Kadima, the centrist party founded by Ariel Sharon, plunged to defeat – most of its vote most assuredly going to Yesh Atid (Kadima lost 19 seats, Yesh Atid gained 19 seats). Some portion of the centrist vote also went to former Kadima leader Tzipi Livni’s new party HaTnuah, which has lured a couple former leaders of the Labour Party over to it (Amir Peretz and Amram Mitzna). In this, of course, it is quite like…well…Kadima was when in lured over former Labour leader Shimon Peres. The more things change, the more they stay the same.
Why are people content to recycle their centrist ideas in Israel? The basic answer to that is that the reality of Palestinian extremism leaves little choice. Though Labour and Meretz both picked up seats (7 and 6, respectfully), these figures pale compared to the gain for Yesh Atid. There’s a reason Israeli voters are afraid to stick their necks out for the Left – after years when the Labour Party predominated in Israeli politics. That reason is the failure of Oslo to turn Palestinians into “partners for peace”.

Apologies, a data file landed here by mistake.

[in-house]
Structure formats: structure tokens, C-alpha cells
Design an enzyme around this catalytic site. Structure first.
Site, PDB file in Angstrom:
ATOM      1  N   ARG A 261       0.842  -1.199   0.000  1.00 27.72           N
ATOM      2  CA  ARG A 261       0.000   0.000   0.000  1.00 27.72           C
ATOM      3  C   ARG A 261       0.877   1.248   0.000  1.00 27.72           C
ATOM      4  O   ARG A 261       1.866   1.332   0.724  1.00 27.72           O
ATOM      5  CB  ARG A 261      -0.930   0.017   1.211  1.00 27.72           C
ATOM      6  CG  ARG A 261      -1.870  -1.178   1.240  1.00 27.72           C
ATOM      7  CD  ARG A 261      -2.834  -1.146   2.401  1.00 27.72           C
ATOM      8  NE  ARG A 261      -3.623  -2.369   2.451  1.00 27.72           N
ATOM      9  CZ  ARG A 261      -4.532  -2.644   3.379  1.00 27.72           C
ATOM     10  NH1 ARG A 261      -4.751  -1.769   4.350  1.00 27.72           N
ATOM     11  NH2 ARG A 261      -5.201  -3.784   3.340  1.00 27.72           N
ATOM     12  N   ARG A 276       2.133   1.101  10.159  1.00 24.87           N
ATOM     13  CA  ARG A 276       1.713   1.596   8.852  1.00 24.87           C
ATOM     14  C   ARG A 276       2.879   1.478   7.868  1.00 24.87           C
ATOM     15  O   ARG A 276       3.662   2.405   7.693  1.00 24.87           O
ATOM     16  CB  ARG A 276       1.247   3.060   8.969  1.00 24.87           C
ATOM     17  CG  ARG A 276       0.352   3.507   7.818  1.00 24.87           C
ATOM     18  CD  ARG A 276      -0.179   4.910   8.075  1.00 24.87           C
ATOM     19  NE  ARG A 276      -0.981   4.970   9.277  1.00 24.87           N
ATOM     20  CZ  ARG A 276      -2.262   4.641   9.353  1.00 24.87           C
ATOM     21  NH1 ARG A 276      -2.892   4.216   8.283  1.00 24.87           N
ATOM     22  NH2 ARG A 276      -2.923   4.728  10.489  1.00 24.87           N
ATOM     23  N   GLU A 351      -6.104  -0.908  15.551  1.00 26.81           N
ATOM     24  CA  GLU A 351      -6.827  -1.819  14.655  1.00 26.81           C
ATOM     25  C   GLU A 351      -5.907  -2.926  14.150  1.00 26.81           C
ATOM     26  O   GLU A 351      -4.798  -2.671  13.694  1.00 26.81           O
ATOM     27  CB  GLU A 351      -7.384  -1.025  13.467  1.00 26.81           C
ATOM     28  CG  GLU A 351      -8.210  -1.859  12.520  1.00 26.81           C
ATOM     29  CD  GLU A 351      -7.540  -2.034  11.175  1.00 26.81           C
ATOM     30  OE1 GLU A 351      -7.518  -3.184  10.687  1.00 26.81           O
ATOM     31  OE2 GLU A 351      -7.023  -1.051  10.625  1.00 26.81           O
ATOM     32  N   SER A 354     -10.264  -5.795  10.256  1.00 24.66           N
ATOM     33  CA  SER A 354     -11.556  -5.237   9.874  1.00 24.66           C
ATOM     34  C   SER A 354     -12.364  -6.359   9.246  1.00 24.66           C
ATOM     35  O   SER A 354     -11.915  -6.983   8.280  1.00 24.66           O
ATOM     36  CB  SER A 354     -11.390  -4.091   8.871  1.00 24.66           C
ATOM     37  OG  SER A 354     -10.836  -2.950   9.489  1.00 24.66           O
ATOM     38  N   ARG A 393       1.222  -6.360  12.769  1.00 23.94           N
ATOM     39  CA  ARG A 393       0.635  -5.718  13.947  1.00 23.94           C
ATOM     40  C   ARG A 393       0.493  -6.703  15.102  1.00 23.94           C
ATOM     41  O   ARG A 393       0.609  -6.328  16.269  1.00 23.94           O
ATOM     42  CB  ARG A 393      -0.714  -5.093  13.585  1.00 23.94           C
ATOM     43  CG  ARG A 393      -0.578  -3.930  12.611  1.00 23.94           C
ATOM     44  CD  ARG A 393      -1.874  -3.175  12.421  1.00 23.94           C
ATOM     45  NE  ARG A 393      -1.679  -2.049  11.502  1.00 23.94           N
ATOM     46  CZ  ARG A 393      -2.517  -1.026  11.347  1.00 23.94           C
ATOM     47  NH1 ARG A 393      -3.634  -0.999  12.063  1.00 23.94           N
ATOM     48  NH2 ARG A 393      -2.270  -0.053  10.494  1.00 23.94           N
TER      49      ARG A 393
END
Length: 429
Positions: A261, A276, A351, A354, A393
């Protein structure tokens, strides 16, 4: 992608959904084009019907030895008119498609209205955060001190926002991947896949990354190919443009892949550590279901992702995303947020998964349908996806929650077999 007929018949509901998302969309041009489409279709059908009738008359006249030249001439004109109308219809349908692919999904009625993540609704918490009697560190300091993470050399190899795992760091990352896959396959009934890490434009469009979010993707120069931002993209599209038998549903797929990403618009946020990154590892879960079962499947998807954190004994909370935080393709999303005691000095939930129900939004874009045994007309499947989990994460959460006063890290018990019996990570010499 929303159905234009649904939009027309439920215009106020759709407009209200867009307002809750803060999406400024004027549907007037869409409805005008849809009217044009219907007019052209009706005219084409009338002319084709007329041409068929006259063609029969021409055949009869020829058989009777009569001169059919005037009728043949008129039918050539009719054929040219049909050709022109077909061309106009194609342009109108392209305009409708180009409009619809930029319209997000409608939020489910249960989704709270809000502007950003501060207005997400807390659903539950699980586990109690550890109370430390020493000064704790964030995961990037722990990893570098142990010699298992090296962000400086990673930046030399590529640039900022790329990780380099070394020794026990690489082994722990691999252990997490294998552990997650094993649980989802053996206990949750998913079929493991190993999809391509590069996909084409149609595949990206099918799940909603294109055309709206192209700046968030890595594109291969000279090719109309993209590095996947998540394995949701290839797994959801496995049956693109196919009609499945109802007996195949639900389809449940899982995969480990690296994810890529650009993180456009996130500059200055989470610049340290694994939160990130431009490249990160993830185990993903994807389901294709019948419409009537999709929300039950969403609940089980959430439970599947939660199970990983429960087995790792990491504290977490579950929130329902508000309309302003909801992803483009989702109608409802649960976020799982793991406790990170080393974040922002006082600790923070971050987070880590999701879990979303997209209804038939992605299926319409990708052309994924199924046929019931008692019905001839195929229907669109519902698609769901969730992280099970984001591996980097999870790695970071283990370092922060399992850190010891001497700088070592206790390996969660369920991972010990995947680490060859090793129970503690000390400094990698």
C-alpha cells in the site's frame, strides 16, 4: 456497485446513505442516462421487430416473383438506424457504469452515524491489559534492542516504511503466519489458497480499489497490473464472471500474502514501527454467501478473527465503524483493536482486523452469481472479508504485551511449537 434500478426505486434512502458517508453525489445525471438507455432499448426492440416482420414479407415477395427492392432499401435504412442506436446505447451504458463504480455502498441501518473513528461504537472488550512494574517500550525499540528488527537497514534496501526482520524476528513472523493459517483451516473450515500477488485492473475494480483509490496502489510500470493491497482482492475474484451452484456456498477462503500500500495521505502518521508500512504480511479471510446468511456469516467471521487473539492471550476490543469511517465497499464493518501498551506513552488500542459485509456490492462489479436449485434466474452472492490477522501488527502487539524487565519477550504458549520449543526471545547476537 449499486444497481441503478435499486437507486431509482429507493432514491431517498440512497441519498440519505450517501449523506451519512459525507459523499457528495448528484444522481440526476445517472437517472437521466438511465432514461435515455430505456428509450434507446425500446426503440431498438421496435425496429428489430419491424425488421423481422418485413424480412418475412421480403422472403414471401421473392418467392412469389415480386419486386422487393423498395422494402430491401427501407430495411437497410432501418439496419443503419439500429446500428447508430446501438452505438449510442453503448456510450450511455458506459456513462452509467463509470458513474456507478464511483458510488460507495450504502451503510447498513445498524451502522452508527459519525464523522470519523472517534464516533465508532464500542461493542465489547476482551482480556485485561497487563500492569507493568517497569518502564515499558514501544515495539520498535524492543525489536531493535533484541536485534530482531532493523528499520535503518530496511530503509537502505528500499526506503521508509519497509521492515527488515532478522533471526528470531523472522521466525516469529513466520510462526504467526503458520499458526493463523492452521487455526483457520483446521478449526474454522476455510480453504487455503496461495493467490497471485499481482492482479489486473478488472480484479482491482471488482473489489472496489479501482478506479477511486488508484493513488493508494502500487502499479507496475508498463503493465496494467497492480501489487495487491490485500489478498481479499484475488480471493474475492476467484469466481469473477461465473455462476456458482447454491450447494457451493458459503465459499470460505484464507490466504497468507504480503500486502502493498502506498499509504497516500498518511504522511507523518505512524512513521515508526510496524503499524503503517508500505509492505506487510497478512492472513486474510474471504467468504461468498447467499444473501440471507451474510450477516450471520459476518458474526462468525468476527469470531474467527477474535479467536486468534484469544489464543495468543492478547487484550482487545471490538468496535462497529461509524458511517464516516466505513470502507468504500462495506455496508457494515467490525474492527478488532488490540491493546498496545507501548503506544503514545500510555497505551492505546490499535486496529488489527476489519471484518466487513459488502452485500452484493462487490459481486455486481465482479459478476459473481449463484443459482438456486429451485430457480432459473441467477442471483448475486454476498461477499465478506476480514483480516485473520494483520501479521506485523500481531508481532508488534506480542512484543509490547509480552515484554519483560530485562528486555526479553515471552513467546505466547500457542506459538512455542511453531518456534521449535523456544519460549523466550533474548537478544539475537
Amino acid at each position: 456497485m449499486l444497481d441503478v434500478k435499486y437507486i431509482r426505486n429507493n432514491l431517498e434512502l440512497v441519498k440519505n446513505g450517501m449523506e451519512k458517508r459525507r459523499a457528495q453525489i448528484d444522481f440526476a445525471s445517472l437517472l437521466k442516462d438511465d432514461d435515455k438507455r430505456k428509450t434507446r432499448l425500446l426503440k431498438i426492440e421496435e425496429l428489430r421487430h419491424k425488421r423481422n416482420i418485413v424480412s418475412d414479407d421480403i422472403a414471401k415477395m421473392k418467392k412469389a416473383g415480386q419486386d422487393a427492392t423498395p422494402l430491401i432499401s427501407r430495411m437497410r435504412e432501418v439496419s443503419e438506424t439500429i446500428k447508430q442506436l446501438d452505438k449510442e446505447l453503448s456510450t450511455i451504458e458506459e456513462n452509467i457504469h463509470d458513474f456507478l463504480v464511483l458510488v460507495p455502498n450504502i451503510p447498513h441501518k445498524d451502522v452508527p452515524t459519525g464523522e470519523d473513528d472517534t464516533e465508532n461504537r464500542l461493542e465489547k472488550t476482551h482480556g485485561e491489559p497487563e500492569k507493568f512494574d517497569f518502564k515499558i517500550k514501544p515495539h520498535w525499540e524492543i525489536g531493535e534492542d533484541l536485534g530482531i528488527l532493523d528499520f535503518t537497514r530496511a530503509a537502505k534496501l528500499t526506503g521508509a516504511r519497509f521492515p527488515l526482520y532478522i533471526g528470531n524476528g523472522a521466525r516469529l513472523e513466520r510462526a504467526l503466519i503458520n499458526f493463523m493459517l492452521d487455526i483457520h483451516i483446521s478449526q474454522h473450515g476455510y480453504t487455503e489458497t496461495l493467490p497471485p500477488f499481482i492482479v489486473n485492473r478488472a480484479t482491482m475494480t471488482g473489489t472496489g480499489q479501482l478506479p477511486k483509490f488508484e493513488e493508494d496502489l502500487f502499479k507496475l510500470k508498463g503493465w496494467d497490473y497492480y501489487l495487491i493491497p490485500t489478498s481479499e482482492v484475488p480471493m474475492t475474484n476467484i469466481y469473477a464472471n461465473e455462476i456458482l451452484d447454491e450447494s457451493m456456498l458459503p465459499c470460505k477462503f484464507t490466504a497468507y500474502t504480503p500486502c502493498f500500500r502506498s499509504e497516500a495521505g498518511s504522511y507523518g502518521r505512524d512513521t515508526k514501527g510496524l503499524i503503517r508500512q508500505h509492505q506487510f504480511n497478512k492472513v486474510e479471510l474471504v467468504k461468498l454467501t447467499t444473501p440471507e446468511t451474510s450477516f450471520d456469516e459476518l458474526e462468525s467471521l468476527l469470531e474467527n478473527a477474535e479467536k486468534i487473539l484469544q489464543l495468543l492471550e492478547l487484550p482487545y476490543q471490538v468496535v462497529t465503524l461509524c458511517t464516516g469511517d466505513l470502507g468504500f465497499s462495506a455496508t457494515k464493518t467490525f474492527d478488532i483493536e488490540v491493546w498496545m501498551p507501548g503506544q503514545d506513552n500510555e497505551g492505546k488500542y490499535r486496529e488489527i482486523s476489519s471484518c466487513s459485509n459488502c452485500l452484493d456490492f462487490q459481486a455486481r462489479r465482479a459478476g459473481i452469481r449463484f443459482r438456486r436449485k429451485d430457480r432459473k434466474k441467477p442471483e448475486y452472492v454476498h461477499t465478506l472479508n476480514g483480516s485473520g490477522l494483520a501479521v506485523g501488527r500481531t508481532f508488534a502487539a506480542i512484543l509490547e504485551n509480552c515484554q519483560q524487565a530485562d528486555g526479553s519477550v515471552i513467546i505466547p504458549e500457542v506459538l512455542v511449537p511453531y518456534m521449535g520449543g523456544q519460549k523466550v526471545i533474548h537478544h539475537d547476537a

The former Israeli foreign minister Shlomo Ben-Ami describes the nature of the political rot this way: “The right’s narrative is simple. The Oslo Accords ushered in an era of bus explosions in Israel’s main cities. The Second Intifada, with its waves of suicide terrorist attacks that slaughtered hundreds of innocent civilians, followed the Israeli concessions offered at the 2000 Camp David Summit. And the withdrawal from Gaza ushered in a Hamas government that has overseen routine missile attacks on Israel. Little wonder that, once most Israelis accepted this narrative, the ‘peace process’ became a repulsive, discredited expression, and its advocates on the left came to be perceived at best as innocents detached from the real world.”
Basically, Israeli voters have been frightened, on the basis of past experience, into thinking concessions are for suckers. If daring to offer something in a negotiation is a left-wing thing, Israeli voters are still having none of that.
My point here is that those who spare no energy in enthusiastically backing the Palestinians no matter what they say or do should consider, for a moment, the impact they are having on the average Israeli voter. It may be comfortable to think that the average Israeli voter is hard-core right-wing and wants to skewer the peace process, of course.
But then, there were people who were quite comfortable in thinking Dewey would beat Truman. The world is full of surprises.